Pro Bono Conflicts Ask-a-Lawyer

Learn how Nevada lawyers can participate in ask-a-lawyer pro bono programs. Read this article by Michael Wendlberger published in the bar journal COMMUNIQUÉ (May 2024)

By Michael Wendlberger, Esq.

Ask-a-Lawyer programs offered by legal aid organizations are an excellent way for attorneys to give back to the community in a limited time. Today, many ask-a-lawyer events occur telephonically, reducing the time commitment to assisting those in need—there is no need for attorneys to drive across town to provide consultations. Attorneys can help expand access to justice from the comfort of their home or office.

But what about conflicts? When an attorney takes on a new case, they must run conflicts to ensure they are not conflicted out of a matter due to the representation of a current or prior client, see Nevada Rules of Professional Conduct 1.7 & 1.9.

How does an attorney from the comfort of their home run conflicts before engaging in an Ask-a-Lawyer program? The answer is short: they don’t. An attorney who wants to participate in an Ask-a-Lawyer program with a legal aid provider falls under an exception found in NRPC Rule 6.5. Under rule 6.5 (a)(1), an attorney “Is subject to Rules 1.7 and 1.9(a) only if the lawyer knows that the representation of the client involves a conflict of interest”… (emphasis added). Thus, an attorney without actual knowledge of a conflict can proceed with the free consultation. Of course, if an attorney sees a name and knows it’s a conflict, then the attorney must decline to provide consultation to that person. Note – If an attorney knows of a conflict with a firm member, the attorney will not continue the Ask-a-Lawyer. Otherwise, the Ask-a-Lawyer can proceed.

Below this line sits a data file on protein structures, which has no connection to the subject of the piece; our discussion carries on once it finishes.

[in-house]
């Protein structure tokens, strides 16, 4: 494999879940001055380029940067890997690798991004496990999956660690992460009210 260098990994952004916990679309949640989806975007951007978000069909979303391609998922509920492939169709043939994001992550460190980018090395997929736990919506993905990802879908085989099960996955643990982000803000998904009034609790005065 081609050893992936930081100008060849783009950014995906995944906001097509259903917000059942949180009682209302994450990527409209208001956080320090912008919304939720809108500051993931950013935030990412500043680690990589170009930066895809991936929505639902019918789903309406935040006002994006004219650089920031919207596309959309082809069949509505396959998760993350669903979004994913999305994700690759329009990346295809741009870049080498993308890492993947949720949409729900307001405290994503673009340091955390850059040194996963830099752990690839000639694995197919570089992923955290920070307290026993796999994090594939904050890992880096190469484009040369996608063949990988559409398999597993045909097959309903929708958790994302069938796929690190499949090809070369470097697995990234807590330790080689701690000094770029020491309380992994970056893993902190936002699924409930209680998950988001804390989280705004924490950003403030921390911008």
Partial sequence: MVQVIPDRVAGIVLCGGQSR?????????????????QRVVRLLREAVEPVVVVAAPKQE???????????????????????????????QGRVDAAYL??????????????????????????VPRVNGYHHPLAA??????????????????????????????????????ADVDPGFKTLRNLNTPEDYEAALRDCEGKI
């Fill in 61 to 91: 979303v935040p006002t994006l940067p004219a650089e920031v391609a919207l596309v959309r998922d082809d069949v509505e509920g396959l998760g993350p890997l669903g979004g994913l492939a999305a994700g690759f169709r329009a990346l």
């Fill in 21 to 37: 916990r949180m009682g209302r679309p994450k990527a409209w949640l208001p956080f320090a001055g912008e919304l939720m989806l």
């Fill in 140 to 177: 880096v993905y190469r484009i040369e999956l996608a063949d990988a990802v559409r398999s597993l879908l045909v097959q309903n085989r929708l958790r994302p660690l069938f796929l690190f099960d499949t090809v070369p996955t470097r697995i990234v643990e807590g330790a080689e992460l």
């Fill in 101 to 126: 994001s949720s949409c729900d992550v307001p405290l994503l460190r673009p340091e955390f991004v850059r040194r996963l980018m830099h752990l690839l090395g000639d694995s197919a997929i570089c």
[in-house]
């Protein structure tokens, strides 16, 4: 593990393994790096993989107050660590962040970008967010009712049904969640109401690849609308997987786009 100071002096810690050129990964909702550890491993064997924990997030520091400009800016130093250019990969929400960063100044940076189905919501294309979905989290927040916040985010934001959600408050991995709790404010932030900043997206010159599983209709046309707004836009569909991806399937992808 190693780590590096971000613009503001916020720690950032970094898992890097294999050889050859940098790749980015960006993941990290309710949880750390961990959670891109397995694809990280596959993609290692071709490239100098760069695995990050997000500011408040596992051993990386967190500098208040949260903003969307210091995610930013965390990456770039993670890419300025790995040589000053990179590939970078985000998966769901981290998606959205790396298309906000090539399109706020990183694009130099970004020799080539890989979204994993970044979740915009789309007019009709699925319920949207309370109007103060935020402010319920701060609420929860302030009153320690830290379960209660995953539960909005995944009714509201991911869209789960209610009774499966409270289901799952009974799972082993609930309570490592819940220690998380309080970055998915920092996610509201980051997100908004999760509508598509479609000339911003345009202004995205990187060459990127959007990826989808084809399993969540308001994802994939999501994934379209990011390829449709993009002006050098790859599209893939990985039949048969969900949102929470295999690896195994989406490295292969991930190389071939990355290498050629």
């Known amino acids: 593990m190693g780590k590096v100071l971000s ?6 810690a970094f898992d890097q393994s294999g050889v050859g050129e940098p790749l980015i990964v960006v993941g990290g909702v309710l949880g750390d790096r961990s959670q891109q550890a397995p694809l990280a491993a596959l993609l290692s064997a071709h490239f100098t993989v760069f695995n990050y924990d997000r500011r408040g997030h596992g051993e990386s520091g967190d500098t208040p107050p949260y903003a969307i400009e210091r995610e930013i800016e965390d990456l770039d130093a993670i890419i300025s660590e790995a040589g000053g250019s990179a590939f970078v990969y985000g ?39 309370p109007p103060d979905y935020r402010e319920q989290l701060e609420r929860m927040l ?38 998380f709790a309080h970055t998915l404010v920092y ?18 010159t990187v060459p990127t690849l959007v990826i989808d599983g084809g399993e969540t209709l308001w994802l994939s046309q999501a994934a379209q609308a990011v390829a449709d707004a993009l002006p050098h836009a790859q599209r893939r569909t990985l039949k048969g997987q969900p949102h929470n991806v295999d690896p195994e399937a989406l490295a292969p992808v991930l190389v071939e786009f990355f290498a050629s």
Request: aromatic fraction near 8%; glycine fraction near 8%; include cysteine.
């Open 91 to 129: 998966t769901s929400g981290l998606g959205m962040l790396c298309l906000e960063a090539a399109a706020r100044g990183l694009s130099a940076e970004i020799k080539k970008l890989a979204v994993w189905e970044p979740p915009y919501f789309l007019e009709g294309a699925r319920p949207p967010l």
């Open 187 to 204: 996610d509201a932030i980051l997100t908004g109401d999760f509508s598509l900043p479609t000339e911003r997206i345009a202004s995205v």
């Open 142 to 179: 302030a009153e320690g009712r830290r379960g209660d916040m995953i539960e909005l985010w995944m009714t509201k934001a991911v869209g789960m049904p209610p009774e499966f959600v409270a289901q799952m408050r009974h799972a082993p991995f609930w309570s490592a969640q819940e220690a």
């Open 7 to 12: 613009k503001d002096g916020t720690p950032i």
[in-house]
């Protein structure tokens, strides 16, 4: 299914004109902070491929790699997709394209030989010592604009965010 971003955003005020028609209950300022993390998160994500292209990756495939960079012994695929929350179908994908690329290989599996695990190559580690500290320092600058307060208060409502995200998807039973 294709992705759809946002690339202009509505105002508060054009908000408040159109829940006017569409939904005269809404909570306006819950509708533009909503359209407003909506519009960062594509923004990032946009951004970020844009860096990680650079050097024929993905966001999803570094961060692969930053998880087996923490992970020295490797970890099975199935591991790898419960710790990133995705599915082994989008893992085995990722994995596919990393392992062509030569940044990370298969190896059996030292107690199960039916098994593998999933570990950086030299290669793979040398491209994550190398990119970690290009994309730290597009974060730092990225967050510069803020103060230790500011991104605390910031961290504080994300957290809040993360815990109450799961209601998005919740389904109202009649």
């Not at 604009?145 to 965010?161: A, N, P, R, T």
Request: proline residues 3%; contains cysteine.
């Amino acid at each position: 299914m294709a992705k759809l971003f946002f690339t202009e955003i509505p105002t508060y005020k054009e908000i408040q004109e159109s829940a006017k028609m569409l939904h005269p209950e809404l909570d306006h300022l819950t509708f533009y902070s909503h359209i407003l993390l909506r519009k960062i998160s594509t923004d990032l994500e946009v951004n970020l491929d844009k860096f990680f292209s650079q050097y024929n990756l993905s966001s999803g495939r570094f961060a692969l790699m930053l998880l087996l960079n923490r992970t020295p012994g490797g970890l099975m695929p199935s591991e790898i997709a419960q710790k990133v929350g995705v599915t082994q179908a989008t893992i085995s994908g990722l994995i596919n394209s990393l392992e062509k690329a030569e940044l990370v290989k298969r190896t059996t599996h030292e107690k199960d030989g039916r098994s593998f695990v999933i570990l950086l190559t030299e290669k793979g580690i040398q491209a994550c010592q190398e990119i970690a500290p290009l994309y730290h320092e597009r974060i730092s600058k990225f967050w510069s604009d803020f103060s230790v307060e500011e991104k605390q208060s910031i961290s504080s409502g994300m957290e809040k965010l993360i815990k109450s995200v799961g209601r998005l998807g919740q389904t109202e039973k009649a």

NRPC 6.5 provides attorneys an excellent way to get involved in pro bono. The attorney is not creating an ongoing attorney-client relationship and allows for brief consultations without the necessity of going through the conflict check process. The rule encourages attorney participation on every level, from private practice to government attorneys in city attorneys’ offices, attorney general offices, district attorneys’ offices, and prosecutors’ offices. Everyone can participate. The only requirement is buy-in from the top of these organizations, allowing their attorneys the green light to do pro bono and give back to the community. 

About the author

Michael Wendlberger, Esq. is the Director of the Pro Bono Project at Legal Aid Center of Southern Nevada. The Pro Bono Project pairs volunteer attorneys with screened clients in the areas of family, consumer, landlord tenant, civil rights, immigration, bankruptcy, and other areas of law. Interested attorneys should contact Michael at 702 386-1429 or mwendlberger@lacsn.org.

About the article

© 2024 Clark County Bar Association (CCBA). All rights reserved. No reproduction of any portion of this issue is allowed without written permission from the publisher. Editorial policy available upon request.

This article was originally published in the Communiqué (May. 2024), the official publication of the Clark County Bar Association. See https://clarkcountybar.org/about/member-benefits/communique-2024/communique-may-2024.

The articles and advertisements appearing in Communiqué magazine do not necessarily reflect the opinion of the CCBA, the CCBA Publications Committee, the editorial board, or the other authors. All legal and other issues discussed are not for the purpose of answering specific legal questions. Attorneys and others are strongly advised to independently research all issues.

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